• GTV, with 17 stations and 48.6% of the population covered
• MVS Group, with 35 stations and 41.8% of the population covered
• Grupo Fórmula, with 39 stations and 51.6% of the population covered
• Acir Group, with 56 stations and 51.1% of the population covered
• Radio Mil, with 9 stations and 28.9% of the population covered
• Multimedia, with 44 stations and 17.3% of the population covered

The regions with the highest number of concessions for commercial use are Veracruz (98), Chihuahua (83) and Sonora (81), while the entities with the lowest number of concessions are Tlaxcala (4), Hidalgo (10) and Aguascalientes (16).

In Mexico, 82.5% of the commercial SRS stations transmit content in the format of grupera, pop, varied and / or news music, the rest of the stations transmit music of other genres, mainly

Revenues also grow
The IFT notes in its report that broadcasting is also relevant in terms of revenue. During the period analyzed, the GDP of the sector increased, as did the amounts of advertising spending.

The GDP of the broadcasting sector, including radio and broadcast television, grew by 3 billion pesos between 2014 and 2018, close to US$150 million; while a decline was recorded in 2016, it was followed by a recovery in 2017 and 2018. In this last year, the growth rate of the sector was close to 5%, a figure that is above the growth rate of the economy, which was around 2%.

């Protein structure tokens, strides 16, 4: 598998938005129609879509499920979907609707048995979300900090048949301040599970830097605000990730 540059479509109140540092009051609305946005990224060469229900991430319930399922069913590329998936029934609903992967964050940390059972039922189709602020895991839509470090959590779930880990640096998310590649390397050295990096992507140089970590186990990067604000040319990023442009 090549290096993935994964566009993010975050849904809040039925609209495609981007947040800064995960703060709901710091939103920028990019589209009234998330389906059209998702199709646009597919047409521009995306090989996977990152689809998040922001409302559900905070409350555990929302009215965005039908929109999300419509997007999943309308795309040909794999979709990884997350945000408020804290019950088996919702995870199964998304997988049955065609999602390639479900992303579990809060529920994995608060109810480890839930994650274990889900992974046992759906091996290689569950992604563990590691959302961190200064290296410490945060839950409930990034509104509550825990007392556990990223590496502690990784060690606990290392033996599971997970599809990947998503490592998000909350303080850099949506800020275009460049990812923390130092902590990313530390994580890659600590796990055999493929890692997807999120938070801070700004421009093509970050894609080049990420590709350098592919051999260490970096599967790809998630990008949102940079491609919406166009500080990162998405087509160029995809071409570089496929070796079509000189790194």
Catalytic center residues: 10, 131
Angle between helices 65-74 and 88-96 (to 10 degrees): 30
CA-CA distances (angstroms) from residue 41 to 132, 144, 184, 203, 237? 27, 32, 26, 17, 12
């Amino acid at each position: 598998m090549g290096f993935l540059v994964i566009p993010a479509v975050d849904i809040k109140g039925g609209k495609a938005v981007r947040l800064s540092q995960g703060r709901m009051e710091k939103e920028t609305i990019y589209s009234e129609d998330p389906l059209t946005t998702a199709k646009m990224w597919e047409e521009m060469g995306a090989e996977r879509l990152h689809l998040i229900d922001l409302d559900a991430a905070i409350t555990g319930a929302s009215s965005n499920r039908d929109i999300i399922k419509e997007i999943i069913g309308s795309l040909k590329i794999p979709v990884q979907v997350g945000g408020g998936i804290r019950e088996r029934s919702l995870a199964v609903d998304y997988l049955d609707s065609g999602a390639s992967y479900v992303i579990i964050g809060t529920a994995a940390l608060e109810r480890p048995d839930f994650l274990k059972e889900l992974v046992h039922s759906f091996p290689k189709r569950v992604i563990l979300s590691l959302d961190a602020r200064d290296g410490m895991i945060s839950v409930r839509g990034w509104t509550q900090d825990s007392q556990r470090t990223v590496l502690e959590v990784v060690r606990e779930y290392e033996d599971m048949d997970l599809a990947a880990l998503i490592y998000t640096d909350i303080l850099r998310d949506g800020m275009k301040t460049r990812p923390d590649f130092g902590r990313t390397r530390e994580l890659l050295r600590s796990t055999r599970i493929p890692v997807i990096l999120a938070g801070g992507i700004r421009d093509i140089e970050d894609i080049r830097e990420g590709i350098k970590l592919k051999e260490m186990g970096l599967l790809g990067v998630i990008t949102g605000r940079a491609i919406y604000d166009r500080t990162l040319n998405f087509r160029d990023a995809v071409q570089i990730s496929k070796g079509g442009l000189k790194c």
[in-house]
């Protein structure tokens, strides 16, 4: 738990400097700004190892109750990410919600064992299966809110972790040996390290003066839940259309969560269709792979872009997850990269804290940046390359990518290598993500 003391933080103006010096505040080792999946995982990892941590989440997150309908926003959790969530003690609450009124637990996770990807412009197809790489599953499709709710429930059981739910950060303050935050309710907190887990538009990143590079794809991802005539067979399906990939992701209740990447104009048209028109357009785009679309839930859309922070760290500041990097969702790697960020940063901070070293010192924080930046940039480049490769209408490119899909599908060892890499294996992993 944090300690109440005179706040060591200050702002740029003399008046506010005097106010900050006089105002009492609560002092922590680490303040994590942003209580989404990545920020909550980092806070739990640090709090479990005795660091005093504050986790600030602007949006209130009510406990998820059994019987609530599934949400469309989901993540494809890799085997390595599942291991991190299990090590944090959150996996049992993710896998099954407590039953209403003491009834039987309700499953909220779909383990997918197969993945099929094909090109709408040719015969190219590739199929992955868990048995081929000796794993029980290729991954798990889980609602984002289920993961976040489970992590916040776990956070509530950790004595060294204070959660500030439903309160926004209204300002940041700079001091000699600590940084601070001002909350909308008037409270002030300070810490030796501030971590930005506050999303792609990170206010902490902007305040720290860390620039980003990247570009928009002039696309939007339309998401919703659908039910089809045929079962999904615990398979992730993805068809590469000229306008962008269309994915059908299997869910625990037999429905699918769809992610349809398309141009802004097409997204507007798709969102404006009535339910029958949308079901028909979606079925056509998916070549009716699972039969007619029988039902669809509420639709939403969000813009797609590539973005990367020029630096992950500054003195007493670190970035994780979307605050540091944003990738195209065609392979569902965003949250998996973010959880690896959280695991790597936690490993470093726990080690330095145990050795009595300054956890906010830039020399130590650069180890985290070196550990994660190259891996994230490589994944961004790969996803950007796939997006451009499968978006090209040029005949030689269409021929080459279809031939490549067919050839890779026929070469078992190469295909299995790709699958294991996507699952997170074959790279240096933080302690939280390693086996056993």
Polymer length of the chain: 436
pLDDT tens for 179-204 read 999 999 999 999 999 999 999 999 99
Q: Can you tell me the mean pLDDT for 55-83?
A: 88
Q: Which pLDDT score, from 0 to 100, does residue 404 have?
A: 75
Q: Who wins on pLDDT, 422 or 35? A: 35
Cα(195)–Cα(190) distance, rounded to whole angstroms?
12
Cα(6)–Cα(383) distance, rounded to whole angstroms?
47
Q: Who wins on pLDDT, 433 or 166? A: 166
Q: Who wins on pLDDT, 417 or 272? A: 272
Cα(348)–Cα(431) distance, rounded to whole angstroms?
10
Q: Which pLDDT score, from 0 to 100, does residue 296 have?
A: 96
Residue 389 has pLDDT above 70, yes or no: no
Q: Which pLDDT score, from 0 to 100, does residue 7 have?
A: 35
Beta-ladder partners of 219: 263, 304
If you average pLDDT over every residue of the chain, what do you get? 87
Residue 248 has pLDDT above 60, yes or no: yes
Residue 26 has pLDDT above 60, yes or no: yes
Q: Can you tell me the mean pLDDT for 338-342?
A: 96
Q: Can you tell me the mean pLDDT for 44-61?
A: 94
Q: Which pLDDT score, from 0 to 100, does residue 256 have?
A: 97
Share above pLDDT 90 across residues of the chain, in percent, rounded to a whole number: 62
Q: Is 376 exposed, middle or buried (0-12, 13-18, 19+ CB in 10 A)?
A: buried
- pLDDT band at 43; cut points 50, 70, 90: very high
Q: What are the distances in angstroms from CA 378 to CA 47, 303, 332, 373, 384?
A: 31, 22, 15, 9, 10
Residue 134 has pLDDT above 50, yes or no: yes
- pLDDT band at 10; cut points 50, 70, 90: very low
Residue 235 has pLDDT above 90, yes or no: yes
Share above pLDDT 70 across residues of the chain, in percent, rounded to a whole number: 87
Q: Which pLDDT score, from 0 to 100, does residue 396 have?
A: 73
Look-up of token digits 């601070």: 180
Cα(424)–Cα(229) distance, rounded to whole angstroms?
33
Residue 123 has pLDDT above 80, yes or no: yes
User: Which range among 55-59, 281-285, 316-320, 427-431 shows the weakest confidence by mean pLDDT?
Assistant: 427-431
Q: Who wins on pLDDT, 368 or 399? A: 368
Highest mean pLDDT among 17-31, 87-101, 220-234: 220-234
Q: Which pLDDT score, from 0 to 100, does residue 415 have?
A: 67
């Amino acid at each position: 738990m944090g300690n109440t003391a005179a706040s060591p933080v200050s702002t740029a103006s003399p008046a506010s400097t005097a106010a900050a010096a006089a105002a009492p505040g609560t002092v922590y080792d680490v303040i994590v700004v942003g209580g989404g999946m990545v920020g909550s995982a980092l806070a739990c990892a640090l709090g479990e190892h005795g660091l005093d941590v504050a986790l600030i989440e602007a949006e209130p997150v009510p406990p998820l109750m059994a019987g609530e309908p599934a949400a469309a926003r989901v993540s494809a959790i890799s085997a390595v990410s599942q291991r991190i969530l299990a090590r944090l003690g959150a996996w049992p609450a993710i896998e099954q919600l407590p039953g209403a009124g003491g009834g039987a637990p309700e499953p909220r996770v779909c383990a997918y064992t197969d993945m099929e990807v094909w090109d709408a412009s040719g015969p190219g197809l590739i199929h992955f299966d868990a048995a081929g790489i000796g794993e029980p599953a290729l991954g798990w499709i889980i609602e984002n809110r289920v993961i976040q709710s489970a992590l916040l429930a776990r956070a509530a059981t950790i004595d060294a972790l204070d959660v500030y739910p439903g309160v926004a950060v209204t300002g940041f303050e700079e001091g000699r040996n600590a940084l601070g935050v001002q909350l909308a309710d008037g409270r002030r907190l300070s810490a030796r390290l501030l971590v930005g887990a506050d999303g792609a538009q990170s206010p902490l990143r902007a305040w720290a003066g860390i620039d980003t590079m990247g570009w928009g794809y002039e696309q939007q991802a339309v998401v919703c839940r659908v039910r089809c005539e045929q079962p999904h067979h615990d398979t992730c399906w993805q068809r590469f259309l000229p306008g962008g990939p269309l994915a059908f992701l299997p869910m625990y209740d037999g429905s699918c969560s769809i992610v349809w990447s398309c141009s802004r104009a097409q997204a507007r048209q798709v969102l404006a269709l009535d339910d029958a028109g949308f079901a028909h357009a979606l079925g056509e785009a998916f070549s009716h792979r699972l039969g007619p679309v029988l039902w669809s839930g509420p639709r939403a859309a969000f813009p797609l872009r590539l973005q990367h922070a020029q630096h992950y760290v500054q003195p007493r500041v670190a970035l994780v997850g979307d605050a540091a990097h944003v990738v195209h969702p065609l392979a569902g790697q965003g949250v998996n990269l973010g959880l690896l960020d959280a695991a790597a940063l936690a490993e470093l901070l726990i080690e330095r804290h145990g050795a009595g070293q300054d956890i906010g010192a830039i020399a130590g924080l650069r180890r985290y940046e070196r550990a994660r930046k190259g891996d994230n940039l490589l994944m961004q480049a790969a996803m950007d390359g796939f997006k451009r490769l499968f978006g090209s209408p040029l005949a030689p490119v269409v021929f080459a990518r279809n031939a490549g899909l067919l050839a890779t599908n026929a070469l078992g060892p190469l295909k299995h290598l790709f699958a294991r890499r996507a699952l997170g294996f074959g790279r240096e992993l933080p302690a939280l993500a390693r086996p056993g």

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Strong sector
The study highlights some conclusions that reflect the strength of broadcasting in Mexico:
• From 2015 to 2018 the proportion of total advertising spending destined to the SRS has increased from 8.6% to 8.9%, and represented an increase of 1,420.45 million pesos in the aforementioned period.
•In 2018 it reported a growth rate of 5%, which is higher than that of the economy that stood at 2%.
•Between 2015 and 2020, on average 209 frequencies have been included annually for the SRS.
•In 40 geographical areas the commercial SRS was offered for the first time in FM and in 22 the commercial SRS in AM was offered for the first time, since in 2014 they did not have services.

Finally, the report concludes that "the results found also show challenges that imply the need to continue carrying out actions so that all people can benefit from more alternatives and better conditions in the provision of SRS. For example, 141 geographical areas were identified with 1 or 2 commercial SRS stations on FM and 32 zones with 1 or 2 commercial SRS stations on AM, where, if available, frequencies could be tendered in order to increase the service offer for the benefit of audiences, as well as 31 geographical areas in FM and 3 in AM where frequencies could be tendered and/or conditions evaluated. of competition due to the fact that the presence of suppliers with participation – in terms of stations – greater than 40% is identified".

Richard Santa, RAVT
Author: Richard Santa, RAVT
Periodista de la Universidad de Antioquia (2010), con experiencia en temas sobre tecnología y economía. Editor de las revistas TVyVideo+Radio y AVI Latinoamérica. Coordinador académico de TecnoTelevisión&Radio.